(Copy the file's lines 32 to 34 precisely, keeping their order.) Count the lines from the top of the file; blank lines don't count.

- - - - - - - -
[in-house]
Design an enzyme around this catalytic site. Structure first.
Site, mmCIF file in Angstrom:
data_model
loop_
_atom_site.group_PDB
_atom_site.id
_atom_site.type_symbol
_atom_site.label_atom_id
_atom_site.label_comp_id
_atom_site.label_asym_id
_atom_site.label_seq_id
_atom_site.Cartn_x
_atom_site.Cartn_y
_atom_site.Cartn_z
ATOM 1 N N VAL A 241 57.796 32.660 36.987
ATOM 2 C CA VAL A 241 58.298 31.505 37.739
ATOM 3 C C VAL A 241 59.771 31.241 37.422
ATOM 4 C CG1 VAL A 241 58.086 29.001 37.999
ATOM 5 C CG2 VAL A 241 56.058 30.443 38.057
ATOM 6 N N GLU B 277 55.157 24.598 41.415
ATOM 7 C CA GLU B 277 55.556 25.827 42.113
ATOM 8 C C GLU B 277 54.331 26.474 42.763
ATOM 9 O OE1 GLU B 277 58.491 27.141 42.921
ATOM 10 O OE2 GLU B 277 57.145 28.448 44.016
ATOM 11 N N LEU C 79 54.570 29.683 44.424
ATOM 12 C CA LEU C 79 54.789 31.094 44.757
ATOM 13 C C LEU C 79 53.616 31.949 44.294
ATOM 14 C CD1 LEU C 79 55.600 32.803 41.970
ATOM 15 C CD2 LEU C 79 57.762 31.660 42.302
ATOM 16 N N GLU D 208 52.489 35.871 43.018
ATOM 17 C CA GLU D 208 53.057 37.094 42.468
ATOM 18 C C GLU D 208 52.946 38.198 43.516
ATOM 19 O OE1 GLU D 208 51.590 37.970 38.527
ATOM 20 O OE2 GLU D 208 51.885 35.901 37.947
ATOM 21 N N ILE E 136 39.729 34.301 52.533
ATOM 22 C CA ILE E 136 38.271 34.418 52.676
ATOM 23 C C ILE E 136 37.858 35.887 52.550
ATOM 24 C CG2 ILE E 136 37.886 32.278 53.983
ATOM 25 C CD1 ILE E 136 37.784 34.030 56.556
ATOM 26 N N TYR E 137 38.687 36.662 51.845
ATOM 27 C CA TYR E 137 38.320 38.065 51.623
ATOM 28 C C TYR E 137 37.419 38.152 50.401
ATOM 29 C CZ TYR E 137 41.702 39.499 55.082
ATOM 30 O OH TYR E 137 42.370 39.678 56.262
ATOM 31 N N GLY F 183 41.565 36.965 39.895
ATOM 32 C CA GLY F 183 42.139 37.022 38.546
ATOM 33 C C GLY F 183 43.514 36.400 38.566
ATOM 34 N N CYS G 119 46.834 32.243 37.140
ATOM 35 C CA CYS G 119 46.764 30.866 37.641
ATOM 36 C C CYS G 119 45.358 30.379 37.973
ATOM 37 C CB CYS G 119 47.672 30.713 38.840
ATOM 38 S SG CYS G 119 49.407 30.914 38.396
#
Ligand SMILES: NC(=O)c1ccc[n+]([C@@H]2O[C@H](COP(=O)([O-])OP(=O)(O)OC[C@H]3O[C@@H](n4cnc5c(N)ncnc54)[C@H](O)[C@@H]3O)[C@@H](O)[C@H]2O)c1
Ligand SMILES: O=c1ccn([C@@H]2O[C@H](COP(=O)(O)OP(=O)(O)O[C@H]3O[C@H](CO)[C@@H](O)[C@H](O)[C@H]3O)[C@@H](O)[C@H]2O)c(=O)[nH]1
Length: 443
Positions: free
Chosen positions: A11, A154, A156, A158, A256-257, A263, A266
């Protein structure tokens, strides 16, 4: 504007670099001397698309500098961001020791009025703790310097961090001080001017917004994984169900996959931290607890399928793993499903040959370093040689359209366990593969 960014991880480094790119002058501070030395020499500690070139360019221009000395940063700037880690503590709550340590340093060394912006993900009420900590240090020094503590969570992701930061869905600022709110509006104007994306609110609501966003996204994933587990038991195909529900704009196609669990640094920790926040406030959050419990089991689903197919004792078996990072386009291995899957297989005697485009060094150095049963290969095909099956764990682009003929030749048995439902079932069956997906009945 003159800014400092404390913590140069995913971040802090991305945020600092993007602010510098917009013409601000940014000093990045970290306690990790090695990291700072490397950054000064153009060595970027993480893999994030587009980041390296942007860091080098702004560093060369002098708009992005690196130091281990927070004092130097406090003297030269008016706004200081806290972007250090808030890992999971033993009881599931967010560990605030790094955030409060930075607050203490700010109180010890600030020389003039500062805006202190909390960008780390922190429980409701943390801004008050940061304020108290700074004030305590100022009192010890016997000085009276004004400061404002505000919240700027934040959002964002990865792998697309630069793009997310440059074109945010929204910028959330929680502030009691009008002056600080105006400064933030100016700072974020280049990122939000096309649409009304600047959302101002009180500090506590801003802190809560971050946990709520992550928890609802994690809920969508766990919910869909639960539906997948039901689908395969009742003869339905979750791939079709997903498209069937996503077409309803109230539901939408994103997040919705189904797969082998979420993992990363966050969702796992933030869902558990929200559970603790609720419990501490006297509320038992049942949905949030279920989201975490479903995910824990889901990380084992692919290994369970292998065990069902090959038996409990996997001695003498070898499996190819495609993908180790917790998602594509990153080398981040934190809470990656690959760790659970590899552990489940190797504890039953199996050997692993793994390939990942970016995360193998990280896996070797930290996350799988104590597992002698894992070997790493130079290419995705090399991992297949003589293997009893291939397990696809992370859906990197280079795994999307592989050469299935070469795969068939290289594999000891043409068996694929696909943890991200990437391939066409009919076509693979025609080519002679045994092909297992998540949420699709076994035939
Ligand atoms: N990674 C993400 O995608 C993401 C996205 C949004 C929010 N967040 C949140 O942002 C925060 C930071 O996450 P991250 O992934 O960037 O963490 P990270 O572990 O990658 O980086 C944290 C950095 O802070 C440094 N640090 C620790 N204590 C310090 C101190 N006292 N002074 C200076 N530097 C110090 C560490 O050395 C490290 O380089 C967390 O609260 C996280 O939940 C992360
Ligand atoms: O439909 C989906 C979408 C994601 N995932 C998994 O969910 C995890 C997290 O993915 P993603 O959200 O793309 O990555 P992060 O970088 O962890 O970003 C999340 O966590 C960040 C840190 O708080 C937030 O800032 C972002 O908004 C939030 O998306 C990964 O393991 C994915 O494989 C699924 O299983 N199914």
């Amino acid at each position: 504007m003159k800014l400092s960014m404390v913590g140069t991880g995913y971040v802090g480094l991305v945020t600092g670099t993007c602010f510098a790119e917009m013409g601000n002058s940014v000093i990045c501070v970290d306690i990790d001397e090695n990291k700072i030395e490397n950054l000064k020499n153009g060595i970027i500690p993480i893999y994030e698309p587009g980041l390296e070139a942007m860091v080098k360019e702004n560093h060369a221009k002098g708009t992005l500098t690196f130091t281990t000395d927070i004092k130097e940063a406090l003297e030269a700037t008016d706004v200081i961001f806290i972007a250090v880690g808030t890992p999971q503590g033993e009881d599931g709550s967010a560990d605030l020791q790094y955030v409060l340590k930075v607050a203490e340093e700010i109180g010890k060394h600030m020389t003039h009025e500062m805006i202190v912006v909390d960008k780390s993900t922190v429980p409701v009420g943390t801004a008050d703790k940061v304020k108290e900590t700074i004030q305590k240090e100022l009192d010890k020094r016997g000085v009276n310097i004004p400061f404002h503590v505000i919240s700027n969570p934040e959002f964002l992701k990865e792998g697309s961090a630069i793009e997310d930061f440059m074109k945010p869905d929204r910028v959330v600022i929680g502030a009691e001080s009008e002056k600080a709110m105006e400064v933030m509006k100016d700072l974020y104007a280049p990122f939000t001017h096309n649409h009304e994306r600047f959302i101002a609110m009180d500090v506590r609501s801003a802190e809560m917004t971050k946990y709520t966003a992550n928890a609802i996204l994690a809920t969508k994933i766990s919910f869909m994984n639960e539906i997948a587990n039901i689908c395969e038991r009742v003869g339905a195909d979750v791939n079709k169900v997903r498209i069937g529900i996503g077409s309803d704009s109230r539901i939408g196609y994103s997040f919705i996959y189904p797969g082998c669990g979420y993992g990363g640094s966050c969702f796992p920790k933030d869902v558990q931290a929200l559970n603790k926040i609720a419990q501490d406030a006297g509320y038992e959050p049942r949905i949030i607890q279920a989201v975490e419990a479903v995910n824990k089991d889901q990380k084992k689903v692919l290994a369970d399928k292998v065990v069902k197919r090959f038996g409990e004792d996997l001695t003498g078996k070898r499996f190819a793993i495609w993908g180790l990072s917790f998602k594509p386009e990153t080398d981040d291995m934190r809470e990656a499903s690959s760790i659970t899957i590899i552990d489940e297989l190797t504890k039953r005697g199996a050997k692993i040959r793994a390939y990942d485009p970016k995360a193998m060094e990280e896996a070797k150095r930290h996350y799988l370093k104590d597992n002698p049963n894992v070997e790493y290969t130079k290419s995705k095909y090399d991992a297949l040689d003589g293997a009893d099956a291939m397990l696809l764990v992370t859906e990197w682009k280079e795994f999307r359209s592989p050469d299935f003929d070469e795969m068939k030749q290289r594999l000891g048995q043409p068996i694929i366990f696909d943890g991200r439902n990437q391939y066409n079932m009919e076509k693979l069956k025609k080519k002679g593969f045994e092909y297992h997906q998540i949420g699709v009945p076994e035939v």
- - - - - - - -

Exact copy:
ATOM 17 C CA GLU D 208 53.057 37.094 42.468
ATOM 18 C C GLU D 208 52.946 38.198 43.516
ATOM 19 O OE1 GLU D 208 51.590 37.970 38.527